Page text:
People have feared diseases since the beginning of time. As humanity changed and evolved, pandemics became more frequent. Pandemics such as Black Death or Spanish flu, SARS, and now coronavirus, justified the fear associated with such events. Viruses are invisible to the human eye and people can come in contact with them without even realizing it. 

But things are different today with COVID-19 than in the time of the Black Death. Scientists around the world have made significant technological progress over the years. Now, we have vast knowledge and amounts of data at our disposal. Moreover, the power of artificial intelligence is here to help analyze data quicker and more effectively than ever before.

People are more equipped now than in any other century to respond to diseases of this magnitude. The best example of how much technology has evolved was the SARS outbreak in 2002, where scientists took a year to decode the virus’ genome, while they only needed a month to do the same with COVID-19.

Aside from providing mental health services and sanitizing hospitals, the technology available today is also used in other spheres of life. For example, food delivery, mapping the infected population, and tracking if high-risk individuals are staying at home are all possible without people being in the front line. Here are the six ways that technology helps people fight against coronavirus in the healthcare industry and beyond.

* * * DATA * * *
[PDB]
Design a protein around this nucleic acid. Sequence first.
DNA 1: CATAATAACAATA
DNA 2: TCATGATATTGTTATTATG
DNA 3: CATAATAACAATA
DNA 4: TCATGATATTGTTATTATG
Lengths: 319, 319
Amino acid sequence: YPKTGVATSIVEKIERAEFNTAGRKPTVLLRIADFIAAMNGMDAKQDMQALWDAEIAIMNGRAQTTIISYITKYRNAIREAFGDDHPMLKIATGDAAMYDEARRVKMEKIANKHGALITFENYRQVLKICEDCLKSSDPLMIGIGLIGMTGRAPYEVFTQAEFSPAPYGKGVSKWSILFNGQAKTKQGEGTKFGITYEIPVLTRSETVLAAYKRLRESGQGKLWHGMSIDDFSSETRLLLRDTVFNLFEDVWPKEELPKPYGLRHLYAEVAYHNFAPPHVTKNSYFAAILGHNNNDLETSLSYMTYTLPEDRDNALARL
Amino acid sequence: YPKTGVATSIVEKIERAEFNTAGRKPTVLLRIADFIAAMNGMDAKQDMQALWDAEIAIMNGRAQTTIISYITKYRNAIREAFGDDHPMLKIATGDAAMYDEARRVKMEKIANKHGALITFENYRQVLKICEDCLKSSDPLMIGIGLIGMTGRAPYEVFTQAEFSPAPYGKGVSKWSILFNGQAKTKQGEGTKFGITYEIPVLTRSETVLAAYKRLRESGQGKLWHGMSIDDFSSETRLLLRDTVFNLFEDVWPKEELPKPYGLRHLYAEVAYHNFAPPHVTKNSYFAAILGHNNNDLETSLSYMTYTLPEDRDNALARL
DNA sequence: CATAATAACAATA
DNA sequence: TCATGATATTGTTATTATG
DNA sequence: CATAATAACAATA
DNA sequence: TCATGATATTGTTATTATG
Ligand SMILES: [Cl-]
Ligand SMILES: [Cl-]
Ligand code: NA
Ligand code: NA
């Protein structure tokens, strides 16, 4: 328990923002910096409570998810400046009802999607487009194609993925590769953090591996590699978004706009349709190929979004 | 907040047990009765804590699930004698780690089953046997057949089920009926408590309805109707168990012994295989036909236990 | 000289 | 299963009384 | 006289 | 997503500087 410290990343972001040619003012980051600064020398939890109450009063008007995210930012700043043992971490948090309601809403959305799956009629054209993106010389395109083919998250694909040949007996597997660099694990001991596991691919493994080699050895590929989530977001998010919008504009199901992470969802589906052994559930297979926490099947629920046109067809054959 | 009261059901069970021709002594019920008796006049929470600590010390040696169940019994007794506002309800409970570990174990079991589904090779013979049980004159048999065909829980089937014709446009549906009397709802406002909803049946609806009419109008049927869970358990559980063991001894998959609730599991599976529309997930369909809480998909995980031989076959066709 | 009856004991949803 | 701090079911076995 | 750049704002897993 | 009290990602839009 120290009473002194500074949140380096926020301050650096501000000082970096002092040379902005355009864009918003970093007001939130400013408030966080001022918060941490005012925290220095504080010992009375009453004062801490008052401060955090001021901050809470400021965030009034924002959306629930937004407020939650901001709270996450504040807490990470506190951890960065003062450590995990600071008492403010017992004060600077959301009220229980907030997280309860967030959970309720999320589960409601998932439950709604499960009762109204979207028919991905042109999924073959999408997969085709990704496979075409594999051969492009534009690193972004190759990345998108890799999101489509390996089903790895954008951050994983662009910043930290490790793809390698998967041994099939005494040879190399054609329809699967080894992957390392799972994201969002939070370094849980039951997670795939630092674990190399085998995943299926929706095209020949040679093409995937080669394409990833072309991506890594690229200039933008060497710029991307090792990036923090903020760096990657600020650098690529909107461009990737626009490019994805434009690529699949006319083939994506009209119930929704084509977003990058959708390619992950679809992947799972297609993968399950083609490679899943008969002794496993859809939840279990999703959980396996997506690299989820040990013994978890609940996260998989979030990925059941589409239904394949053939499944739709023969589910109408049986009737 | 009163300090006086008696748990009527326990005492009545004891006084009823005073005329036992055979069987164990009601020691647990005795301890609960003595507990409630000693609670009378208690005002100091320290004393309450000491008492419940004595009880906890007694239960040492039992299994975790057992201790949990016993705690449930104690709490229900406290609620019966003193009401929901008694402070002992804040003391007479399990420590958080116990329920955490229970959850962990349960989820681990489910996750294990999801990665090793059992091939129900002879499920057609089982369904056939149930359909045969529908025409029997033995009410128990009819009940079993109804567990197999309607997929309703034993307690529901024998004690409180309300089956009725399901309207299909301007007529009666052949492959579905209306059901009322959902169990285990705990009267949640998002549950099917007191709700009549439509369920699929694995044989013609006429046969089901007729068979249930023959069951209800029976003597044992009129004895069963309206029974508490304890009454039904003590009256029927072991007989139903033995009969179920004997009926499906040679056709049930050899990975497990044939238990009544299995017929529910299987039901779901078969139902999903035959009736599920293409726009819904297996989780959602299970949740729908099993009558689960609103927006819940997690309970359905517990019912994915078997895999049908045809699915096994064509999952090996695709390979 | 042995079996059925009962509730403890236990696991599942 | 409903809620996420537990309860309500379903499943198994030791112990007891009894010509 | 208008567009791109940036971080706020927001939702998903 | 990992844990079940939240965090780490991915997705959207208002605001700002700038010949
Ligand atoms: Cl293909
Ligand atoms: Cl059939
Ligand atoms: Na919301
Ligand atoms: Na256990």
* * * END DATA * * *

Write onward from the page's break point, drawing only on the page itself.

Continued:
Satellite Technology

As with any other disaster, positioning technologies play an essential role for governments, agencies, and first responders. It helps them assess the situation with accuracy by pointing to the high-risk areas. Global Navigation Satellite System can help track affected areas and analyze the outbreak patterns, providing precise mapping and imagery. The other example is BeiDou, a Chinese Navigation Satellite System connected to drones that are further used for monitoring public places and gatherings.  

Aside from tracking and analyzing the spreading of the disease among residents, satellites can also be used to monitor hospitals and track other health facilities and their construction.

Last but not least, satellite imagery can help determine and examine the effects of COVID-19 on the planet. Many businesses around the world had to close their doors, which undoubtedly affected pollution, flora, and fauna and caused many changes around the globe. 

Robots in and out of Hospitals 

It turns out robots have a crucial role when it comes to fighting against COVID-19. Due to the progression of the novel coronavirus, robots can be used by health workers to measure blood pressure and oxygen saturation in patients on ventilators, without having to expose themselves to the risk. They are also used at hospital reception to interact with patients and to deliver samples to the laboratories. Some robots are equipped with UV lights or sprinklers used to disinfect hospitals. 

Besides hospitals, robots can be used to deliver food and medicine to people in quarantine or track and report those individuals who must remain in isolation without any human contact. 

Smartphone Apps 

The Chinese government, along with Alibaba and Tencent, has developed a health-rated QR code system that is used to track millions of people. When downloaded and used, the app assigns a green, red, and yellow color to users, depending on their medical and travel history. The color code decides on who should or should not be quarantined. 

Smartphone apps contain the most recent information and parameters, allowing people to talk to a chatbot and assess whether COVID-19 or other diseases have caused their symptoms. The chatbot can also provide advice about calling the doctor or taking over-the-counter medication.